78. 78. Toroviridae (Latin Torus- Lowest Convex)  Some consider Torovirus as a Genus in the family Coronaviridae  Human toroviruses
  79. 79. Others RNA Viruses  Non enveloped  Potyviridae
  80. 80. TAXONOMY OF SUBVIRAL AGENTS -Taxonomical Properties of subviral agents include: i. No Genome ii. No I.R. iii. Filterable size iv. No inactivation by heat, disinfectant and UV light v. Tend to be modified human protein that is infectious vi. Usually tend to form insoluble aggregate of fibrils vii. Only Clinical diag. but just one Lab. Diag.: Histology of Brain
  81. 81. Rules in Naming sub-viral agents  Classical example; Endings for taxa of viroids are:  Word viroid for species  Suffix -viroid for genera  -viroinae for sub-families and  -viroidae for families  ?
  82. 82. Classification of Subviral agents  1. FAMILY DELTAVIRIDAE  2. SLOW VIRUSES
  83. 83. 1. FAMILY DELTAVIRIDAE -One Genus: Deltavirus -Contains Hepatitis D virus a.k.a Delta agent -A defective RNA virus, replicates in HBV infected hepatocytes
  84. 84. 2. SLOW VIRUSES -Prions, Proteinacious infectious or prion protein (Prp) agent referred to as unconventional viruses -Cause group of Diseases called Prion Diseases known as Transmissible Spongiform Encephalopathy (TSE) a. Human (Kuru, Cannibalism; 1957; 1st among fore tribe in eastern island of Papua New Guinea) Creutzfeldt- Jakob Disease; Gerstmann- Straussler Scheinker (GSS) Disease; Fatal familial insomnia(FFI) b. Animal (Scrapie, Mad Cow Dis, Bovine Spongiform Encephalopathy)
  85. 85. Thank you all.
  86. 86. FURTHER READING  Anjorin, A. A., Omilabu, S. A., Salu, O. B., Oke, B. O. (2012). Detection of Influenza A virus in Pigs in Lagos, Nigeria. Afr. J. Cln. Exper. Microbiol, 13(1): 41-45.  Brooks, GF, Carol, KC, Butel, JS, Morse, SA. (2007). Selected Medically Important Microorganisms. Viruses. In: Jawetz, Melnick and Adelberg’s Medical Microbiology. Mc Graw Hill, New York.  Cheesbrough M. (2002). District Laboratory Practice in Tropical Countries Part 2. Cambridge University Press, UK  El-Azizi, M. Lecture 1 General virology.  Fagbami AH (2008). Medical Virology Lecture Supplements. Nihinco Prints Mokola, Ibadan.  Knipe, D. M. and Howley, P. M. (2007). Fields Virology. Vol. 1. 5th Edition. Lippincott Williams & Wilkins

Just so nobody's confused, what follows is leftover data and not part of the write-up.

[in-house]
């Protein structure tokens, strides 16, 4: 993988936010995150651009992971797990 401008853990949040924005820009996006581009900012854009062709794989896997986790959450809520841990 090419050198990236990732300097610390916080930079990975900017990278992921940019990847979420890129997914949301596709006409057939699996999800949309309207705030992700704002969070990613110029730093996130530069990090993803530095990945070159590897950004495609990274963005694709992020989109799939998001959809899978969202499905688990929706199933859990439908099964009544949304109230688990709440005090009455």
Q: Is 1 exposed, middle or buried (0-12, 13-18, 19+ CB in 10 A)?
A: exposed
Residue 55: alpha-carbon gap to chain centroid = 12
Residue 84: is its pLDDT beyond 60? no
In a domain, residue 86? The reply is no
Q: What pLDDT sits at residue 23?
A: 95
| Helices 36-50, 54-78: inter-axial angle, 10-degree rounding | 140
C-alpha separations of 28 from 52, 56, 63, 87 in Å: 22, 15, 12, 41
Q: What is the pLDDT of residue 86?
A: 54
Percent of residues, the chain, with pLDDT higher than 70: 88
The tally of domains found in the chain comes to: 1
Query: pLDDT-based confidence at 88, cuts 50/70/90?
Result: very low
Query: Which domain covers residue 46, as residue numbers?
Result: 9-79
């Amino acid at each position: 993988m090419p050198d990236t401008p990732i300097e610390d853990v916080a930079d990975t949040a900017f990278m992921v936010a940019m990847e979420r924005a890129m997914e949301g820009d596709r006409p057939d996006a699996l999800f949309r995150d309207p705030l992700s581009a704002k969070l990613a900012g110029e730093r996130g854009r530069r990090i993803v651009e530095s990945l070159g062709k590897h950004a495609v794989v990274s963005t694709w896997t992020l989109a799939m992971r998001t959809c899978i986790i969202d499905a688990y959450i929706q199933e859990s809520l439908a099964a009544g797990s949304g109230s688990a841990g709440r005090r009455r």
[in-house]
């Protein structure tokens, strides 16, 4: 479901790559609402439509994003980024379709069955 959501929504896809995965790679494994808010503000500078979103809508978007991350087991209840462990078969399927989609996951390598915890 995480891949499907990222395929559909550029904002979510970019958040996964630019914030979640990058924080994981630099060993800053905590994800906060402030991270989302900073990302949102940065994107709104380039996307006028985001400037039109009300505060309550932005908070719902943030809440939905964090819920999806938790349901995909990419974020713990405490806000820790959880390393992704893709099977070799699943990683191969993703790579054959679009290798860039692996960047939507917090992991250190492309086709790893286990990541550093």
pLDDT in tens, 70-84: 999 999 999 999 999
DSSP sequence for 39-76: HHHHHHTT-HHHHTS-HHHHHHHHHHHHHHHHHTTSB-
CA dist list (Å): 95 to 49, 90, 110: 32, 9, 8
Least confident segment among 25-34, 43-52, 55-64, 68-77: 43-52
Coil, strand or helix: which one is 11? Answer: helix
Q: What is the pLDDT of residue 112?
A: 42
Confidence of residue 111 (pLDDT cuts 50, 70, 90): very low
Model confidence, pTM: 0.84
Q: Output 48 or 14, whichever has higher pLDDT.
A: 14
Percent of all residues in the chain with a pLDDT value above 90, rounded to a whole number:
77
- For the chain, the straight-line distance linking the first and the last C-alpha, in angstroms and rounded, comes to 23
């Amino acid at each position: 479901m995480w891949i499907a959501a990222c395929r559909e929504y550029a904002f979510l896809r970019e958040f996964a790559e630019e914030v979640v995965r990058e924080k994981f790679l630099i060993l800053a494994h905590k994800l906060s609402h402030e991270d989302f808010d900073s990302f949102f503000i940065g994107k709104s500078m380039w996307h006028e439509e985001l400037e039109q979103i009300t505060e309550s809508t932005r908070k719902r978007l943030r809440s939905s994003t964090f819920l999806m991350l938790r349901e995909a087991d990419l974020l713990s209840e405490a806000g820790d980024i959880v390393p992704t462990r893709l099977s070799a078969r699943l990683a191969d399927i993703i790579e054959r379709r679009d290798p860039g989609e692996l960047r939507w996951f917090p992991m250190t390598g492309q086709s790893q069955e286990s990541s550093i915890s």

87. 87.  Lodish H, Berk A, Zipursky SL, et al., (2000). Molecular Cell Biology. 4th edition. Freeman and Company, New York:  Mahy, B.W.J. (2009). The Dictionary of Virology. Fourth Edition. Academic Press, UK  Oyefolu, A. O. B. (2008). Unpublished Virology Lecture Series. Department of Microbiology, LASU, Lagos.  Obayori, O. S. (2008). Unpublished Virology Lecture Series. Department of Microbiology, LASU, Lagos.  Sander, D. (2007). The Big Picture Book of Viruses.  Wikipedia (2012). ICTV. y_of_Viruses